6. Keep Moving: Take Short Breaks to Keep Warm
It is very important to keep moving when hiking in winter. Staying still for extended periods will lower your body temperature significantly faster than if you are constantly moving and generating heat.
You don’t have to move fast, though. It’s much better to hike slower but for longer periods and with shorter breaks than it is to hike fast and then need more frequent breaks.
And when you do stop for a break, keep moving, whether it’s just doing a little shuffle or arm circles. Any type of movement will help increase blood flow.
7. Monitor Weather Conditions
Staying informed about the current weather conditions before setting off on a hike is one of the best ways to prevent frostbite while out in cold temperatures.
You’ll also want to factor in wind chill, since it makes a HUGE difference in how cold you feel. This way, you’ll know what kind of temperatures you should expect and how best to prepare yourself accordingly (e.g., extra layers, etc.).
FAQs About Frostbite
What is frostbite?
Frostbite is an injury caused by the freezing of the skin and underlying tissues.
What are the symptoms of frostbite?
According to the Mayo Clinic, the signs of frostbite are:
• cold skin and a prickling feeling,
• followed by numbness and inflamed or discolored skin. I’ve noticed that
• my skin will turn white
• As frostbite worsens, skin may become hard or waxy-looking
• loss of coordination (but please don’t wait until you experience that while hiking)
What are the stages of frostbite?
There are three stages of frostbite.
Frostnip. This is mild frostbite. It doesn’t cause permanent damage. However, when the skin starts to warm you usually feel pain and tingling. It’s not pleasant but usually doesn’t require medical treatment.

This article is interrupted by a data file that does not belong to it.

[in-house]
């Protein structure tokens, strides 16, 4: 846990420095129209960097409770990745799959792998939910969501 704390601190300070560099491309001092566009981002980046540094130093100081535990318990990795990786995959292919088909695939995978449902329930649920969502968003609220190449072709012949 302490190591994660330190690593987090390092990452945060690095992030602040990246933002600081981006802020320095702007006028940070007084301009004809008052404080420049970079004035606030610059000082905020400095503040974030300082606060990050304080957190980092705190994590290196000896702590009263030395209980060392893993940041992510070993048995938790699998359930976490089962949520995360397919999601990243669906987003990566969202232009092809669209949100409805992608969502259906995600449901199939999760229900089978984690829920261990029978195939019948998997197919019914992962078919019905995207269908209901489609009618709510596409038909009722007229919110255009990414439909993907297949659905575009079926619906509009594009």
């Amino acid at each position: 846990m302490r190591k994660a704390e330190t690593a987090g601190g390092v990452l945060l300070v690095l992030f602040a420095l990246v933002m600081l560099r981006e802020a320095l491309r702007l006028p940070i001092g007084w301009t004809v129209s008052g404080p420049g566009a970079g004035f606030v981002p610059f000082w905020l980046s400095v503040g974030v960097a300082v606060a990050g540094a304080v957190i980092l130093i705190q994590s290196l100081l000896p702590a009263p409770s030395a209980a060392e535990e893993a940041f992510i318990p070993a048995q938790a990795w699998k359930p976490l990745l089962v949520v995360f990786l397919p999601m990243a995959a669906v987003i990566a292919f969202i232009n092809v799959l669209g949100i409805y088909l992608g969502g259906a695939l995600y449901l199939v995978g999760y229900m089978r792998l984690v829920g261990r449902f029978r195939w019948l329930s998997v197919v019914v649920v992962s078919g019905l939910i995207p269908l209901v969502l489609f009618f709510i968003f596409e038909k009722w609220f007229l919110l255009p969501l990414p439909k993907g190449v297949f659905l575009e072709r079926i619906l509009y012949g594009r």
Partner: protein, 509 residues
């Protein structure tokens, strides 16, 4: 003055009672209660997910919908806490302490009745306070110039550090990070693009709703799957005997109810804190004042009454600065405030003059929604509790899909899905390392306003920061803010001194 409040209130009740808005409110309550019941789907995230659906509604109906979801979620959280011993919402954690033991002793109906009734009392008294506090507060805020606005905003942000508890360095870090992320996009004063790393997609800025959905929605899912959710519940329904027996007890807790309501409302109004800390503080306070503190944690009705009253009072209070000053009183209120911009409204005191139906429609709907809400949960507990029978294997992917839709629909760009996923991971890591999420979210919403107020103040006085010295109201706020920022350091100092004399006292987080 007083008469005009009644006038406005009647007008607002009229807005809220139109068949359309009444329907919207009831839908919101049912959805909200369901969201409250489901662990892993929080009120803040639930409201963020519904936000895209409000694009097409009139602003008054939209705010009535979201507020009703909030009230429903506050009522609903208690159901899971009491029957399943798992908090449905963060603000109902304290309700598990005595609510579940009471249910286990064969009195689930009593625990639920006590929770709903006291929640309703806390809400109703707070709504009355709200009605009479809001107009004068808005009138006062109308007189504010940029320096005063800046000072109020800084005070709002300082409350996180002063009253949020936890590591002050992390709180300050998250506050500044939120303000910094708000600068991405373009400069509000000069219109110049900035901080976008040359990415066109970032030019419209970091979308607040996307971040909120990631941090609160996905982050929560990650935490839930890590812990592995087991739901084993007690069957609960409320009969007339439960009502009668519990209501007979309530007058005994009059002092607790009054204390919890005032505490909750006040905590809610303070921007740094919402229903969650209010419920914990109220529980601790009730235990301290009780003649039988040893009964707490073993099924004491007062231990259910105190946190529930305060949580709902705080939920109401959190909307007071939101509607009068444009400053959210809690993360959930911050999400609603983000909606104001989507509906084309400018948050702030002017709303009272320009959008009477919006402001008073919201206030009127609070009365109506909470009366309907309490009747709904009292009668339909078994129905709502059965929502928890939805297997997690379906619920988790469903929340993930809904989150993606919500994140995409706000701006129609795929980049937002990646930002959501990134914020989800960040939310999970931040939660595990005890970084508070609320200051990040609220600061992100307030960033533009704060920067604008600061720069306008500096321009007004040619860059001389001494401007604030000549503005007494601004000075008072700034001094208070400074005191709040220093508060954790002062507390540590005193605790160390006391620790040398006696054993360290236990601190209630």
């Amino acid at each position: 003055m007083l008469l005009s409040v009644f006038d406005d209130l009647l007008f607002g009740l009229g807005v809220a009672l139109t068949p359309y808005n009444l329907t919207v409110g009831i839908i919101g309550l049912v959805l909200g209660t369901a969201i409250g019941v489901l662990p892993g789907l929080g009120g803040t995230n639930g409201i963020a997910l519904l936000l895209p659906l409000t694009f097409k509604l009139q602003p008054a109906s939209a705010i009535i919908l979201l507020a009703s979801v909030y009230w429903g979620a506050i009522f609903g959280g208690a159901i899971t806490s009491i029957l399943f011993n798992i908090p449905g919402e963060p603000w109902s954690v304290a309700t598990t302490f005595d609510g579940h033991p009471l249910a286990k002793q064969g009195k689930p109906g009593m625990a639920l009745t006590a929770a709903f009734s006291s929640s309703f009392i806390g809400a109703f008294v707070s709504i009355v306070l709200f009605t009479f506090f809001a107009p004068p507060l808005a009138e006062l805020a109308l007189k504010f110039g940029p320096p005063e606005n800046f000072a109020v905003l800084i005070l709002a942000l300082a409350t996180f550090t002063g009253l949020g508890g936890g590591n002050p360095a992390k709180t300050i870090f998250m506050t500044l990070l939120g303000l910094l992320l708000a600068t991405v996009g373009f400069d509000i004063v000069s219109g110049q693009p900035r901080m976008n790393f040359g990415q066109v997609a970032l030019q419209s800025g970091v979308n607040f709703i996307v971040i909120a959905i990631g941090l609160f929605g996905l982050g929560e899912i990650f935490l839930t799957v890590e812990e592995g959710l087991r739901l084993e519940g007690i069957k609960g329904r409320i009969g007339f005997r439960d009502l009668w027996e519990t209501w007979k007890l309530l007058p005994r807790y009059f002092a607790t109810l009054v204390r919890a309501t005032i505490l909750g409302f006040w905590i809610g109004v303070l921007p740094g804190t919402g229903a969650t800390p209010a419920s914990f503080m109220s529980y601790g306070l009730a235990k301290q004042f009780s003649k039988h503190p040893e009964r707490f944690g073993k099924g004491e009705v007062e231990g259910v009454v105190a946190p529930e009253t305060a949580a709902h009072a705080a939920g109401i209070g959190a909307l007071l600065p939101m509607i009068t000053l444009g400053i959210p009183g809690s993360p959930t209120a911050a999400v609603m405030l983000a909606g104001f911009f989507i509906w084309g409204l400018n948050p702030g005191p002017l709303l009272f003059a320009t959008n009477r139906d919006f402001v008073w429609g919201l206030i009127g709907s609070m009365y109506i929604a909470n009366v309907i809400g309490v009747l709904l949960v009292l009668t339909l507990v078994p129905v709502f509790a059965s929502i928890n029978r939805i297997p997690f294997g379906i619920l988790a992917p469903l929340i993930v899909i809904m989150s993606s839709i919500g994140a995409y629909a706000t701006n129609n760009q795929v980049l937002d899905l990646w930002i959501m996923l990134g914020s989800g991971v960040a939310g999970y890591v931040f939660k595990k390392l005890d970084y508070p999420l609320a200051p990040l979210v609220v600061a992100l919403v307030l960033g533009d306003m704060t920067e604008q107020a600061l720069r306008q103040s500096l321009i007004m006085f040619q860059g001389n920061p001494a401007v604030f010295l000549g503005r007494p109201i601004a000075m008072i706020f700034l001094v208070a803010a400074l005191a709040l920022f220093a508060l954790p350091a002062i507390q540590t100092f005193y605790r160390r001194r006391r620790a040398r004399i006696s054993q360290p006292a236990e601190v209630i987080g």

Superficial frostbite. This is the next stage of frostbite and causes changes in skin color. Your skin may also begin to feel warm. The Mayo Clinic says you may need medical attention, especially if you notice stinging, burning or selling or a fluid-filled blister that may appear 12 to 36 hours later.
Deep frostbite. The next stage of frostbite is very serious as it causes not only damage to skin but also the tissues below as well. Your skin may turn white or blue-gray. You may also lose all sensations of being cold. Large blisters may appear 24 to 48 hours afterwards. Severe frostbite always requires medical care.
What do you do if you notice you have frostbite and you’re still hiking?
The first thing you’ll want to do is turn back. Ideally, you would have turned back earlier, but don’t delay. Turn back now and keep moving even if you’re tired. You don’t have to hike fast, but it’s important to move. I also find it useful to move the affected body part if possible. I.e. flexing my hands and doing wrist circles if my fingers are affected.
Then you should remove all wet clothing, i.e. gloves, socks, etc.
You’ll also want to protect the affected area from the cold. I.e. if you have frostbite on your fingers, you can hike with your hands in your pockets with warm dry gloves for further protection.
If you’re in a lot of pain, you can take a pain reliever, but this won’t actually make it better, just less painful.
Once you’re back in the car, get out of your wet clothes, put on warm clothing and wrap up in a warm blanket.